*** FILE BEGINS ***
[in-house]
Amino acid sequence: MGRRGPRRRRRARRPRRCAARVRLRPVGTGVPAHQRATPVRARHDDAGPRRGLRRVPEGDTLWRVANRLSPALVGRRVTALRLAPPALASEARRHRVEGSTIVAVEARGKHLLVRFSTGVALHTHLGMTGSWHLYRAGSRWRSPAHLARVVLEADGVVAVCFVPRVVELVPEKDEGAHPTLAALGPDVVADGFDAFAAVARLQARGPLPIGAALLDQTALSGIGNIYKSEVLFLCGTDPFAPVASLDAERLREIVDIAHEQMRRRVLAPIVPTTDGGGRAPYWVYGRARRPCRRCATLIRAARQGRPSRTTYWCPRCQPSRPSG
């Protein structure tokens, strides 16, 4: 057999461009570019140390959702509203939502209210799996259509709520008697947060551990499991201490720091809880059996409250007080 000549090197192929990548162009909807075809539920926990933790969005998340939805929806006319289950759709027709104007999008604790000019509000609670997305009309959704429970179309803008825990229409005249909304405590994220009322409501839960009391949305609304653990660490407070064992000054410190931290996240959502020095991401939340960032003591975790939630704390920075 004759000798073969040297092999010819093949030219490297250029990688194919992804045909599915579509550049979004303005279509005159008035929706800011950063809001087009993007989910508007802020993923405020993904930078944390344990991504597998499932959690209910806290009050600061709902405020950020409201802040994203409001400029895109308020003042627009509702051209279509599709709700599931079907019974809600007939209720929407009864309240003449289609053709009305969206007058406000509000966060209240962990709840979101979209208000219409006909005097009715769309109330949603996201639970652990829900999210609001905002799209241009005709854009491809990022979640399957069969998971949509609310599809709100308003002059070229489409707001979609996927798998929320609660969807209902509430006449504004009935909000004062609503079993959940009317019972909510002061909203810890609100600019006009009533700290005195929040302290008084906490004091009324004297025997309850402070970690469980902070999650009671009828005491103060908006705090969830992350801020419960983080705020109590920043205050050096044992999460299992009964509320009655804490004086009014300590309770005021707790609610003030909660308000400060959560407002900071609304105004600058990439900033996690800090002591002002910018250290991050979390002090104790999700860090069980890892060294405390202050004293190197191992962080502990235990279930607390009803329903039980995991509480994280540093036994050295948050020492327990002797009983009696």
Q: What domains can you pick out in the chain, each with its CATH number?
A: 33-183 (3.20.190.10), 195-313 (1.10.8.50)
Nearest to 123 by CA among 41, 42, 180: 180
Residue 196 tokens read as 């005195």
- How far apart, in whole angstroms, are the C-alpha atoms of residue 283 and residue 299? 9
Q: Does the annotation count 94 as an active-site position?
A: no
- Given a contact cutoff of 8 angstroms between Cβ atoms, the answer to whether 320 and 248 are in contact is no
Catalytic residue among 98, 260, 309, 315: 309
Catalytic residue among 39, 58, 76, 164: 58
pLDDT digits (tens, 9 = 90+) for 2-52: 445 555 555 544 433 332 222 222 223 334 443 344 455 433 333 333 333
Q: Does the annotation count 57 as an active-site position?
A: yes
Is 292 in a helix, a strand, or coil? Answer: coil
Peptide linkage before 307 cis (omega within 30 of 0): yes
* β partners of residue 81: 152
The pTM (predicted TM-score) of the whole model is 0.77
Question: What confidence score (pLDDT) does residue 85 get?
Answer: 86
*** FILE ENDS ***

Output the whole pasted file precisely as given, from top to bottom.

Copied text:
[in-house]
Amino acid sequence: MGRRGPRRRRRARRPRRCAARVRLRPVGTGVPAHQRATPVRARHDDAGPRRGLRRVPEGDTLWRVANRLSPALVGRRVTALRLAPPALASEARRHRVEGSTIVAVEARGKHLLVRFSTGVALHTHLGMTGSWHLYRAGSRWRSPAHLARVVLEADGVVAVCFVPRVVELVPEKDEGAHPTLAALGPDVVADGFDAFAAVARLQARGPLPIGAALLDQTALSGIGNIYKSEVLFLCGTDPFAPVASLDAERLREIVDIAHEQMRRRVLAPIVPTTDGGGRAPYWVYGRARRPCRRCATLIRAARQGRPSRTTYWCPRCQPSRPSG
């Protein structure tokens, strides 16, 4: 057999461009570019140390959702509203939502209210799996259509709520008697947060551990499991201490720091809880059996409250007080 000549090197192929990548162009909807075809539920926990933790969005998340939805929806006319289950759709027709104007999008604790000019509000609670997305009309959704429970179309803008825990229409005249909304405590994220009322409501839960009391949305609304653990660490407070064992000054410190931290996240959502020095991401939340960032003591975790939630704390920075 004759000798073969040297092999010819093949030219490297250029990688194919992804045909599915579509550049979004303005279509005159008035929706800011950063809001087009993007989910508007802020993923405020993904930078944390344990991504597998499932959690209910806290009050600061709902405020950020409201802040994203409001400029895109308020003042627009509702051209279509599709709700599931079907019974809600007939209720929407009864309240003449289609053709009305969206007058406000509000966060209240962990709840979101979209208000219409006909005097009715769309109330949603996201639970652990829900999210609001905002799209241009005709854009491809990022979640399957069969998971949509609310599809709100308003002059070229489409707001979609996927798998929320609660969807209902509430006449504004009935909000004062609503079993959940009317019972909510002061909203810890609100600019006009009533700290005195929040302290008084906490004091009324004297025997309850402070970690469980902070999650009671009828005491103060908006705090969830992350801020419960983080705020109590920043205050050096044992999460299992009964509320009655804490004086009014300590309770005021707790609610003030909660308000400060959560407002900071609304105004600058990439900033996690800090002591002002910018250290991050979390002090104790999700860090069980890892060294405390202050004293190197191992962080502990235990279930607390009803329903039980995991509480994280540093036994050295948050020492327990002797009983009696």
Q: What domains can you pick out in the chain, each with its CATH number?
A: 33-183 (3.20.190.10), 195-313 (1.10.8.50)
Nearest to 123 by CA among 41, 42, 180: 180
Residue 196 tokens read as 């005195």
- How far apart, in whole angstroms, are the C-alpha atoms of residue 283 and residue 299? 9
Q: Does the annotation count 94 as an active-site position?
A: no
- Given a contact cutoff of 8 angstroms between Cβ atoms, the answer to whether 320 and 248 are in contact is no
Catalytic residue among 98, 260, 309, 315: 309
Catalytic residue among 39, 58, 76, 164: 58
pLDDT digits (tens, 9 = 90+) for 2-52: 445 555 555 544 433 332 222 222 223 334 443 344 455 433 333 333 333
Q: Does the annotation count 57 as an active-site position?
A: yes
Is 292 in a helix, a strand, or coil? Answer: coil
Peptide linkage before 307 cis (omega within 30 of 0): yes
* β partners of residue 81: 152
The pTM (predicted TM-score) of the whole model is 0.77
Question: What confidence score (pLDDT) does residue 85 get?
Answer: 86